NBA players don’t perform in a vacuum. The league has always been driven by its superstars, but the game has always stayed a team sport at its core, too. That was true during showtime of the 1980s, knockdown drag-outs of the ensuing 15 years, and remains the case – perhaps to an even greater extent – during the current era of movement, space, and all-around versatility.
Long-armed forwards and wings immediately come to mind for most when thinking of “position-less” basketball. The Miami Heat coined that term by surrounding LeBron James with fleet-footed players who could defend multiple spots, score from unconventional areas of the floor, and generally leverage his wholly unique ability to its full extent. The Golden State Warriors took that idea and literally ran with it in 2014-15, fully realizing their immense small-ball potential on the game’s biggest stage last June en route to a Larry O’Brien Trophy.
But not all teams possess the luminaries necessary to play that way. Players like James and Draymond Green, for instance, are remarkably rare; it’s no accident the former has made five consecutive trips to the NBA Finals and the latter’s emergence as a first-time starter directly coincided with Golden State’s dominance. They’re trump cards, like holding multiple wilds in a classic game of Uno. Your hand is almost never that good, right?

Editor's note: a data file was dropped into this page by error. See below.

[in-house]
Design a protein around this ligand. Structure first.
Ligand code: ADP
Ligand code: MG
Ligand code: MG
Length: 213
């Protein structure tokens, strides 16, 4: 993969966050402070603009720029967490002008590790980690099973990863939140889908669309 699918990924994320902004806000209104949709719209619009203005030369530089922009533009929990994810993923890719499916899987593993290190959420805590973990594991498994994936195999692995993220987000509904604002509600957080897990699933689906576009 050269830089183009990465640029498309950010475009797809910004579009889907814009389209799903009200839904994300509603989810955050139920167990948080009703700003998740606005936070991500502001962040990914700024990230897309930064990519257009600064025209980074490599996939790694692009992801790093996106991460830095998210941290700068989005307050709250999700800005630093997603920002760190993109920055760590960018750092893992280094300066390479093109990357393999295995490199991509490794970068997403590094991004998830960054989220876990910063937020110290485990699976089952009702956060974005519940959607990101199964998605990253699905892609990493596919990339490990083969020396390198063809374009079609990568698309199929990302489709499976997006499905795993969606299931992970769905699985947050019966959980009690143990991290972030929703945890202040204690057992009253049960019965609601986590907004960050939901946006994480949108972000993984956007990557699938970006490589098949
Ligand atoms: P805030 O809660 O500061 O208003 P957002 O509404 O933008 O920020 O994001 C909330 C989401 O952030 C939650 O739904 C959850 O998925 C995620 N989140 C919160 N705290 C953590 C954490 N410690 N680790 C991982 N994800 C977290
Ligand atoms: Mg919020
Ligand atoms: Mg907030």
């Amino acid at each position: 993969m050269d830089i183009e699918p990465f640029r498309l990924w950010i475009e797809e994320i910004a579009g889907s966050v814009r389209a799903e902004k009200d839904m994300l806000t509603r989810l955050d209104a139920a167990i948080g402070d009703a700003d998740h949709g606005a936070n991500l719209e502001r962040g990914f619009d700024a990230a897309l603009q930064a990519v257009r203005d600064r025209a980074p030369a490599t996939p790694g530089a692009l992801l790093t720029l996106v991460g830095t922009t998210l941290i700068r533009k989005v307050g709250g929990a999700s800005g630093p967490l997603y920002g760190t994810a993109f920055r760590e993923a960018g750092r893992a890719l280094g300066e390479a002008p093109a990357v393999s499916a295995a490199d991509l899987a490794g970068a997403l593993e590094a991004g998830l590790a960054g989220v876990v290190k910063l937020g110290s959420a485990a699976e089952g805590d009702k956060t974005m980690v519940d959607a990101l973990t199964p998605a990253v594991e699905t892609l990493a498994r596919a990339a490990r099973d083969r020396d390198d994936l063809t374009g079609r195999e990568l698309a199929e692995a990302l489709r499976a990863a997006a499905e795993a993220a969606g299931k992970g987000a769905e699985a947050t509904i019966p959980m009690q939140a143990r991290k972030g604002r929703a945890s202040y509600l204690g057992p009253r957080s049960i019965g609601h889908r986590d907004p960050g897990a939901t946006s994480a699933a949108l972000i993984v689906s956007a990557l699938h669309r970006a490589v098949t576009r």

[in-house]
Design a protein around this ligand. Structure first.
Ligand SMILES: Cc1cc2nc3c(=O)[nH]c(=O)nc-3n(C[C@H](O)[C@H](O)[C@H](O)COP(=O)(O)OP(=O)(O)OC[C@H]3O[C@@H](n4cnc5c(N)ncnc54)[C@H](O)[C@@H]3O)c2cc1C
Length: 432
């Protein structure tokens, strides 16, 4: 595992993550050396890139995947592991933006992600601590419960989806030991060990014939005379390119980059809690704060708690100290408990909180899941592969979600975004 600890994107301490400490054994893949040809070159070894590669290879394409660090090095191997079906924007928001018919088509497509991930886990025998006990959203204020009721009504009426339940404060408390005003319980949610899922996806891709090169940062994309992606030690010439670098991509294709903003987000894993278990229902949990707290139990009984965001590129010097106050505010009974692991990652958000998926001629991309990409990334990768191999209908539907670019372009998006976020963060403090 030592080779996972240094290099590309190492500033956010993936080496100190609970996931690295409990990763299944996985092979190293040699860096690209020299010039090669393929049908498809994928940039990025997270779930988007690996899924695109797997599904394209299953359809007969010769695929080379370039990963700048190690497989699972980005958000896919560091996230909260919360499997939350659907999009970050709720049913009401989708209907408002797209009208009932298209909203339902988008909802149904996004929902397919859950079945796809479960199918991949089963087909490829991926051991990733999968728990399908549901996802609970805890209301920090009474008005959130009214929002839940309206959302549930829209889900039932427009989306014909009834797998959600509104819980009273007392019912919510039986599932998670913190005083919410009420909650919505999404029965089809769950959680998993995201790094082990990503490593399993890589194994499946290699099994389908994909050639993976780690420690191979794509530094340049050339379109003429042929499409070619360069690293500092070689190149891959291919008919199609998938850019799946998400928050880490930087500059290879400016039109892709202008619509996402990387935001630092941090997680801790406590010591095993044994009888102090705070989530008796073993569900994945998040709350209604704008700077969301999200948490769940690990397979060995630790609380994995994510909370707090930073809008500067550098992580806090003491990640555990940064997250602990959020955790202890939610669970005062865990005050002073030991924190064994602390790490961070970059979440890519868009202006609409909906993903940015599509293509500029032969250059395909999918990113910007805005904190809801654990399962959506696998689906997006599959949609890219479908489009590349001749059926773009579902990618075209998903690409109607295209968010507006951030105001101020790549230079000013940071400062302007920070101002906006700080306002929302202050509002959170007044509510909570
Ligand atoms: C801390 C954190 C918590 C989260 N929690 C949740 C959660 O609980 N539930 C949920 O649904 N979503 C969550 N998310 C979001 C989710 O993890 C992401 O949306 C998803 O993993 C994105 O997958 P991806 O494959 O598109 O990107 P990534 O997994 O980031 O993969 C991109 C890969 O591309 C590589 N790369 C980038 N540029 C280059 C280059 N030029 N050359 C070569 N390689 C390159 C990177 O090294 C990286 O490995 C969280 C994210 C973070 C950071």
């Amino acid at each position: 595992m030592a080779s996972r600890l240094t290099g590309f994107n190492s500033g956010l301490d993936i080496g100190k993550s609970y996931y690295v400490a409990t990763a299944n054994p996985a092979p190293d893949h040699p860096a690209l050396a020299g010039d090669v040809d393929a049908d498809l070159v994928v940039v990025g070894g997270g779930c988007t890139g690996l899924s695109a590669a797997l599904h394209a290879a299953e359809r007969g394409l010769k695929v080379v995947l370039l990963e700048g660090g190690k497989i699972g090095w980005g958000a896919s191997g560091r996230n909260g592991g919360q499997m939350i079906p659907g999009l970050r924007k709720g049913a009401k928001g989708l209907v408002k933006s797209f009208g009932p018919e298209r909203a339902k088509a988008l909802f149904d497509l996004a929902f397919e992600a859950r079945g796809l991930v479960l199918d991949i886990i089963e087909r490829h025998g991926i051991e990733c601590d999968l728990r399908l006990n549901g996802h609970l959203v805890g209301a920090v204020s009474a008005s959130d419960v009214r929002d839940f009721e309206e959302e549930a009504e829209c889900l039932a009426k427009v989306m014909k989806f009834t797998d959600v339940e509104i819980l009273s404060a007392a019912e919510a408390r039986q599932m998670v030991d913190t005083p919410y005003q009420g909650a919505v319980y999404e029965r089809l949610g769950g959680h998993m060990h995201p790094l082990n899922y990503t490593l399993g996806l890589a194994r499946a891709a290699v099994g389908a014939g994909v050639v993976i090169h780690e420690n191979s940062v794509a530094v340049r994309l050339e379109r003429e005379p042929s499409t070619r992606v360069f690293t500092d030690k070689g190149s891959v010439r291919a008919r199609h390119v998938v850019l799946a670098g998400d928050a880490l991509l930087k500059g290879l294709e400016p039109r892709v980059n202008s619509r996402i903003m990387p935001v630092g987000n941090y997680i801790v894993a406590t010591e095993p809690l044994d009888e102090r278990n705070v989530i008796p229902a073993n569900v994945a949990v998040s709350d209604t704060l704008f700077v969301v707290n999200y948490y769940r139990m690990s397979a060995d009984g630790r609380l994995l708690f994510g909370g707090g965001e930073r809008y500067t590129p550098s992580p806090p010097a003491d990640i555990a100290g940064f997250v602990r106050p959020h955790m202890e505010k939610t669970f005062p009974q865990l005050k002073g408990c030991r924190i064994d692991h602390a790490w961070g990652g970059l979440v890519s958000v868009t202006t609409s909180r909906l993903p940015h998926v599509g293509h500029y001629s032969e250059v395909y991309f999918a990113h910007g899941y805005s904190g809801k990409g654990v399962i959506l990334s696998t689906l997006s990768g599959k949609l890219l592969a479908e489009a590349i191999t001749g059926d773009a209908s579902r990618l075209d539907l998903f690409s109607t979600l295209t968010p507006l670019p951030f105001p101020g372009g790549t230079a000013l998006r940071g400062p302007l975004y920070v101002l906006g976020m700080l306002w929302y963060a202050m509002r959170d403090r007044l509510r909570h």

Old-school convention still exists in basketball, mostly because the talent pool insists it must. The Memphis Grizzlies have been trying to add a dash of dynamism to their oft-predictable ways for years, and thought they might have done it after acquiring Jeff Green midway through last season. But the former Boston Celtic proved ill-equipped to play the hybrid forward role that seems his natural destiny, and the Grit ‘N Grind crew inevitably reverted to subsisting on traditional lineups featuring a steady diet of Marc Gasol elbow actions and right block post-ups for Zach Randolph.
The Utah Jazz are built that way, too. Trevor Booker extended his range to the arc last season, and the team drafted Trey Lyles to inject its dominant frontcourt with some much-needed perimeter skills. But the Jazz are primed for short- and long-term success due to Derrick Favors and Rudy Gobert, a pair of elite defenders with strong but developing offensive games. Obviously, that’s too general a description of Utah’s interior intimidators; they’re far more valuable defensively than that broad distinction suggests, and have already carved out obvious niches on the other end of the floor.